Trucking Boom hits the brakes as freight demand declines

The strong freight demand, which has provided high earnings to trucking companies during the pandemic, appears to be easing as inflation and declining consumer satisfaction slow down a rush to rebuild stocks that have flooded distribution networks.

Prices in the trucking spot market are falling and analysts have begun downgrading companies in the sector as truck drivers prepare to report first-quarter earnings in a market signaling growing economic uncertainty.

The Cass Freight Index target for domestic shipping demand rose just 0.6% in March from the previous month, an unreasonable slowdown in growth at the end of the quarter. Freight payment company Cass Information Systems Inc.

said in an analysis of its closely monitored index that the freight market is clearly in a downturn.

At the same time, freight rates appear to be retreating from recent historical heights. Last-minute spot cargo prices in the truck market, which make up a fraction of the market but tend to lead to contract price trends, are declining as demand for freight comes closer to balance with available truck capacity. Spot prices for dry van excl. fuel surcharges have fallen by 37% since December and 27% in the past month, according to Bank of America Corp.

analysts.

“I think it’s fair to say that the days of expecting rate hikes are pretty much over,” said Avery Vise, a truck analyst at FTR Transportation Intelligence. “It’s a question of how quickly things are going to normalize. The idea that you can just print money is over.”

The Bank of America’s truck capacity target available to shippers jumped to its highest level since June 2020 last week, while its target for shippers’ prospects for freight rates fell sharply to its lowest level since July 2020.

JB Hunt Transport Services reports first quarter earnings next week.


Photo:

Luke Sharrett / Bloomberg News

Lowell, Ark.-based JB Hunt Transport Services Inc.,

a bell for the US freight market will boost the sector’s earnings next week with its first report since the airline, which has a range of trucks, dedicated freight services and intermodal operations, counted $ 760.8 million in net profit in 2021, including $ 242.2 million in earnings in a booming fourth quarter.

The country’s largest truck ship, the Knight-Swift Transportation Holdings Inc.,

which reports earnings April 20, so revenue increased 28.3% last year to nearly $ 6 billion, including a 42% gain in revenue in the fourth quarter that generated a net profit of $ 254.6 million.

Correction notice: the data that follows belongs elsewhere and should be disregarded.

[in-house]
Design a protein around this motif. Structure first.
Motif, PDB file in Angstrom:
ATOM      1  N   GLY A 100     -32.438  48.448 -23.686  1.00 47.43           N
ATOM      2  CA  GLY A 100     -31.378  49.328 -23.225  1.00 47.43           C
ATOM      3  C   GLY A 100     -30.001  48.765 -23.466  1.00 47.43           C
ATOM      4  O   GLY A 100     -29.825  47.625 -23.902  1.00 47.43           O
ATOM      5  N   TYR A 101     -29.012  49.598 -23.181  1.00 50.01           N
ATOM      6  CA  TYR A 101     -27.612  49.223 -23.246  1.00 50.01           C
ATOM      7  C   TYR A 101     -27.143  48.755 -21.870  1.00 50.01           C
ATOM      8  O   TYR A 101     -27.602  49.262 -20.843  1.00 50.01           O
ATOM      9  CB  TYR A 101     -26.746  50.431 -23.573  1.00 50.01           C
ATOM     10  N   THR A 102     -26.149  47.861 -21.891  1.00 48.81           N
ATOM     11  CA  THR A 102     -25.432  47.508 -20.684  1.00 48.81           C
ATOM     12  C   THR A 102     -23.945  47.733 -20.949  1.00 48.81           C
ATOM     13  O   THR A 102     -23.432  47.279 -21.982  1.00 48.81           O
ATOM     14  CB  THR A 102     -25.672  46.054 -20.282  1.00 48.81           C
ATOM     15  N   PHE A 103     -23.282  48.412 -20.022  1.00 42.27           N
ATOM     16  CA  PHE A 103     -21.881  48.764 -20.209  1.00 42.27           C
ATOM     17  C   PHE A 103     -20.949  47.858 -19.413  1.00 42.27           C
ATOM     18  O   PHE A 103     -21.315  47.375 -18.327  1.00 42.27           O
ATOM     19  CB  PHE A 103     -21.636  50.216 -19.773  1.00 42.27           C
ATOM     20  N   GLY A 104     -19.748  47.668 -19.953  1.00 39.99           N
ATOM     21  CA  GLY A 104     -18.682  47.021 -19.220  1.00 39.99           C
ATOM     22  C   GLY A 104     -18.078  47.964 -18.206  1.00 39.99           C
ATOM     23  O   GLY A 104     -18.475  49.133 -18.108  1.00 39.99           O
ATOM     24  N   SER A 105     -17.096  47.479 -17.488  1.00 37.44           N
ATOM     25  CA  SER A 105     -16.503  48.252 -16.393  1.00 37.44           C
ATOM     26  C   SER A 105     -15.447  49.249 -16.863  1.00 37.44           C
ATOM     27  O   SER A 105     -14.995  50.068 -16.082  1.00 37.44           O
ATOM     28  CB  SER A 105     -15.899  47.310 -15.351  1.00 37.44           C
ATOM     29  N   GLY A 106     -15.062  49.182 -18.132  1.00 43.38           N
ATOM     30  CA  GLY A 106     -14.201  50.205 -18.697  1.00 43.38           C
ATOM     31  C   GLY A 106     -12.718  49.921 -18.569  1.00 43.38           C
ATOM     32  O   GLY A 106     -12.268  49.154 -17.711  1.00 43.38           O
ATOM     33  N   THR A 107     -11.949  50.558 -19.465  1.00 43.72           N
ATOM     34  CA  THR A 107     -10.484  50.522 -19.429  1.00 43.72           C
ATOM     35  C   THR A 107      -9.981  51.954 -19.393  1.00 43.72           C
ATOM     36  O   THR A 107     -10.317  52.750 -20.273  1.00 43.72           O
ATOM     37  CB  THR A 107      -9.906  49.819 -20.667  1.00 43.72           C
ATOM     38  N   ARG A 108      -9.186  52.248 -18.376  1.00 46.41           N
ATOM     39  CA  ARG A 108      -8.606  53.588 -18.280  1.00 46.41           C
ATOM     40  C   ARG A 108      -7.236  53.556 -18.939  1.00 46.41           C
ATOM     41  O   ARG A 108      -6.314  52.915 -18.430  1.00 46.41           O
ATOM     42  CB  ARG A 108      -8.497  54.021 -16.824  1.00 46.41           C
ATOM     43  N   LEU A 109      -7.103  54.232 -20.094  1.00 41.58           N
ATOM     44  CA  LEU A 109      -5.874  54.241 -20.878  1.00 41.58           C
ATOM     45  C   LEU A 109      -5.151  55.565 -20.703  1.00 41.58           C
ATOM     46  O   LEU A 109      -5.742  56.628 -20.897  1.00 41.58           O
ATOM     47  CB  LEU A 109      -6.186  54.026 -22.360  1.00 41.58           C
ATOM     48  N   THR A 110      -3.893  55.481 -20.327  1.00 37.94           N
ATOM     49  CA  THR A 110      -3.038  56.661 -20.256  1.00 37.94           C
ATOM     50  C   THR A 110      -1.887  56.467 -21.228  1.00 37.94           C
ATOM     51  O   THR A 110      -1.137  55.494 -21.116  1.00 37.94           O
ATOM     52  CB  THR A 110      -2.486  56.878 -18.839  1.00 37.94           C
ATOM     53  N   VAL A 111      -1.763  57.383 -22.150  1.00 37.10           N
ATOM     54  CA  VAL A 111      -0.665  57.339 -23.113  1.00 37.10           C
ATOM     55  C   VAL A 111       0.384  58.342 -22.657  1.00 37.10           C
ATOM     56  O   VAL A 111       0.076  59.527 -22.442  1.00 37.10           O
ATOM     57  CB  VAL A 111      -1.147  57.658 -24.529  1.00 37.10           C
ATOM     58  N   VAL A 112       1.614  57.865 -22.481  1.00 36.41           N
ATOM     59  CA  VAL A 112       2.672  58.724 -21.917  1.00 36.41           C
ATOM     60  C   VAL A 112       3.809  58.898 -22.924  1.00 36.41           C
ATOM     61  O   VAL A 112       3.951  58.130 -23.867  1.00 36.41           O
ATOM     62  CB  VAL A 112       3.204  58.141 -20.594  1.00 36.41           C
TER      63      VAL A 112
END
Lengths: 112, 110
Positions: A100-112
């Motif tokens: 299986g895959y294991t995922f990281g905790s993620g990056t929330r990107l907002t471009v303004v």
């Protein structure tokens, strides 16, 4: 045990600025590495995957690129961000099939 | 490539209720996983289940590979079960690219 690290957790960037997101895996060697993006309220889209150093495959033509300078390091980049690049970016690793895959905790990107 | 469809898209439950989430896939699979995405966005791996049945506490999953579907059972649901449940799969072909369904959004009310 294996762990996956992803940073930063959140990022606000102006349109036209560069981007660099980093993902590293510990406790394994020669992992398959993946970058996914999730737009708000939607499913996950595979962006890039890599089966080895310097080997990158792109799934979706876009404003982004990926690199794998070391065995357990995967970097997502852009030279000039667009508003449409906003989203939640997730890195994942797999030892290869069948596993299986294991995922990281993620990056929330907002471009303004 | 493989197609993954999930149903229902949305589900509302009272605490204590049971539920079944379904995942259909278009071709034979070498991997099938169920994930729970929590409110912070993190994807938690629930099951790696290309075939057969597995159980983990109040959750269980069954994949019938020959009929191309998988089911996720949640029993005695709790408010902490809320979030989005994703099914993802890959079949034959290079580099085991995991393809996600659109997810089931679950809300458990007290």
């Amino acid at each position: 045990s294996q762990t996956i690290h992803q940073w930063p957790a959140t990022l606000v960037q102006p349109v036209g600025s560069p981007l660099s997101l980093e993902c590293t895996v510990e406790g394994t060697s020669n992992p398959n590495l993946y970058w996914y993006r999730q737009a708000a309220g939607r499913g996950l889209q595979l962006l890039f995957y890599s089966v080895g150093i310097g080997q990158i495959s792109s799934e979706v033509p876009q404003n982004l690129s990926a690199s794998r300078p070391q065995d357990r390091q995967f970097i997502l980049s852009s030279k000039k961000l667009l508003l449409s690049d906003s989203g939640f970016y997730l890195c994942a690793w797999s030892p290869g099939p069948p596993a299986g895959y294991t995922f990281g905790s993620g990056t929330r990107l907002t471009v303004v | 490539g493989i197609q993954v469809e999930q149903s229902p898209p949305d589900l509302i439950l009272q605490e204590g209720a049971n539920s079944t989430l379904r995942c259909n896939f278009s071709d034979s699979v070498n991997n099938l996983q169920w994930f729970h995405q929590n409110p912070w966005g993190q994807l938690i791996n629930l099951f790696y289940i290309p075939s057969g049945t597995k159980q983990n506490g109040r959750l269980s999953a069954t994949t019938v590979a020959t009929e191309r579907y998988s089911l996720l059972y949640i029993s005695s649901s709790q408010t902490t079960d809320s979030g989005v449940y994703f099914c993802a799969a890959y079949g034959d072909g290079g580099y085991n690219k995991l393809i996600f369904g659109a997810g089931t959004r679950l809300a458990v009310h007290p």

Profits limited an increase in profits for truck drivers during the pandemic, as a sharp rise in consumer demand and a rush by retailers to rebuild depleted store shelves caused freight networks to spiral and prices to rise.

Now, some shippers who had signed expensive contracts while searching for scarce capacity are putting those deals aside to look for lower prices in a changing market, said Jeff Tucker, CEO of Haddonfield, NJ-based freight broker Tucker Company Worldwide Inc. .

Transportation to trucking’s largest operators remains in high demand, but “should it be as exciting as the last few years going forward? Maybe not,” Mr Tucker said.

Every day, millions of sailors, truck drivers, longshoremen, warehouse workers and courier drivers keep mountains of goods moving into stores and homes to meet consumers’ rising expectations of convenience. But this complex movement of goods that supports the global economy is far more vulnerable than many had imagined. Photo illustration: Adele Morgan

A. Duie Pyle, who is smaller than truckloads, is experiencing inflation cut in consumer trade, which supplies much of the demand for trucking, said John Luciani, LTL Solutions’ chief operating officer at the company. The West Chester, Pa.-based carrier’s first quarter was “weak” compared to last year’s robust growth, he said, with volumes growing by single-digit year-over-year instead of the double-digit rate the company expected.

Freight transport stocks have turned downwards as signs of a slowdown appear.

Dow Jones Transportation Average, which tracks 20 major U.S. companies, including truck giants JB Hunt and Ryder System Inc.,

is down 11% from a peak on March 29 compared to a 4% drop in the S&P 500 over the same period.

Bank of America analysts recently downgraded transportation stocks, including hauliers Werner Enterprises Inc.,

Schneider National Inc.,

Go out Inc.,

TFI International Inc.

and ArcBest Corp.

with reference to “deteriorating demand prospects and rapidly declining freight rates.”

Jason Seidl, a transport analyst at investment bank Cowen Inc.,

said headwinds from the impact of inflation and of the war between Russia and Ukraine will present challenges for the airlines after a strong period of growth. “I think the overall tone of earnings coming up on the truck side will be a big chunk of reality from last month,” said Mr. Seidl.

Write to Lydia O’Neal at lydia.oneal@wsj.com

Copyright © 2022 Dow Jones & Company, Inc. All rights reserved. 87990cbe856818d5eddac44c7b1cdeb8

Leave a Comment